I forward contracted 50 bu./acre and now I'm only harvesting 42 bu./acre. The rally in the soybean market is not doing me any good. I'm supposed to deliver 180,000 bu. at $5.60/bu., and I'll only harvest 150,000. How can you help me?” These comments came from a frustrated Illinois farmer in mid-September.
This farmer made several major marketing mistakes:
He forward sold ALL of his anticipated production by making just one huge sale of 180,000 bu.
He sold the entire crop using a forward contract — which really limits his flexibility in years like this when prices move higher. It's also more cumbersome in years when the price goes down and you need to work the LDP program.
He sold more bushels than he could guarantee using the crop revenue insurance programs, putting his farm at an unnecessary financial risk.
Assuming you still have some soybeans to sell, what's the game plan now?
At Northstar, at the time of this writing, we have 40% of soybeans hedged ahead. The first 20% hedge was made when November futures hit $5.80 and the next 20% when November futures hit $6.40.
A simple plan now is to watch January futures. If prices rally up to $6.90, take sales up to 60% and, at $7.20, sell up to 90%. The last 10% are the beans you'll take a lot more risk with. They'll likely be sold a lot higher or lower next summer.
If you use call options, consider buying the May CBOT $7-8 call spread on 50-75% of your 2003 soybean production. When and if May futures rally to $7, let all of your cash soybeans go and maintain ownership with the call spread. Is this risky? Yes, but so is selling too much ahead or not making any sales as prices rally. You need to have a plan and work it.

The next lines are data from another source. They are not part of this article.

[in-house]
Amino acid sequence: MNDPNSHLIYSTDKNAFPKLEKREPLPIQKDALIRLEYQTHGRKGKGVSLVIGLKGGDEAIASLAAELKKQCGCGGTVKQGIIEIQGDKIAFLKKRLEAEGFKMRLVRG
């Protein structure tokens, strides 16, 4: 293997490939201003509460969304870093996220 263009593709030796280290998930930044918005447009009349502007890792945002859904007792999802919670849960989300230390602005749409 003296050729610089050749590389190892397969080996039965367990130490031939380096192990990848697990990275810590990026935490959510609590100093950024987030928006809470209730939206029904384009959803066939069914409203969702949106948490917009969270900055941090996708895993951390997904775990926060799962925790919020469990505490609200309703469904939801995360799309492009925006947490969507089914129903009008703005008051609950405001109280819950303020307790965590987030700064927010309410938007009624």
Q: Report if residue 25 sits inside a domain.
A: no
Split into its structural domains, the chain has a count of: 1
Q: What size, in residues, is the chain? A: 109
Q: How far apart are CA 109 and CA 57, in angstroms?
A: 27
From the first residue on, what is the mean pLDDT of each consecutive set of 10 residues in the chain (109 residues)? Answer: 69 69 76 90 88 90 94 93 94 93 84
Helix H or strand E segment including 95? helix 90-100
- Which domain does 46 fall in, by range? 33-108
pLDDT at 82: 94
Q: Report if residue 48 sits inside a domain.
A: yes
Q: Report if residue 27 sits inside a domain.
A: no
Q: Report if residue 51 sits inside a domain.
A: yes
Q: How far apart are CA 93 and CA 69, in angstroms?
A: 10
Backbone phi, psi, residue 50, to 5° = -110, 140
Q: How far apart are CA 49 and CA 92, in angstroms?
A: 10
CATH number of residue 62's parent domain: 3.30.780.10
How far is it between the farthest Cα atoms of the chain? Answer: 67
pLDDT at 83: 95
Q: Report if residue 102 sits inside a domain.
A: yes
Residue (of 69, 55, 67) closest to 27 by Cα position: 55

The frustrated Illinois customer was able to buy January $6.40 calls before the last leg of the rally started and added 60¢/bu. onto his selling price. His soybean farming was profitable and he's changing how he'll sell his soybean crop in future years.
Alan Kluis is executive vice president of Northstar Commodity Investment Co. If you have marketing questions or want more information, write: Northstar, 1000 Piper Jaffray Plaza, 444 Cedar St., St. Paul, MN 55101; call: 800-345-7692 or e-mail: firstname.lastname@example.org.
No Joy In Soyland?
If this year's major rally in soybean prices is creating frustration — and not joy — here are some suggestions.
Sell in increments. We suggest making 5-10 sales of 10-20%. It's easier to scale up and come in with a better average.
Never sell 100% of your anticipated crop prior to harvest using forward contracts. With aphids and Asian rust — and commodities prices in general trending higher — selling 100% of your crop ahead creates additional risk, rather than reducing risk.
Use all of the marketing tools available. I see nothing wrong starting with forward contracts on the first 20-40% of the crop. We then suggest making the next sales using hedges and the final sales by using put options to create a minimum price.
If you don't understand how hedging and put options work, attend some seminars this winter and get geared up on all the new marketing tools. Odds are good we'll see volatile soybean markets for the next several years.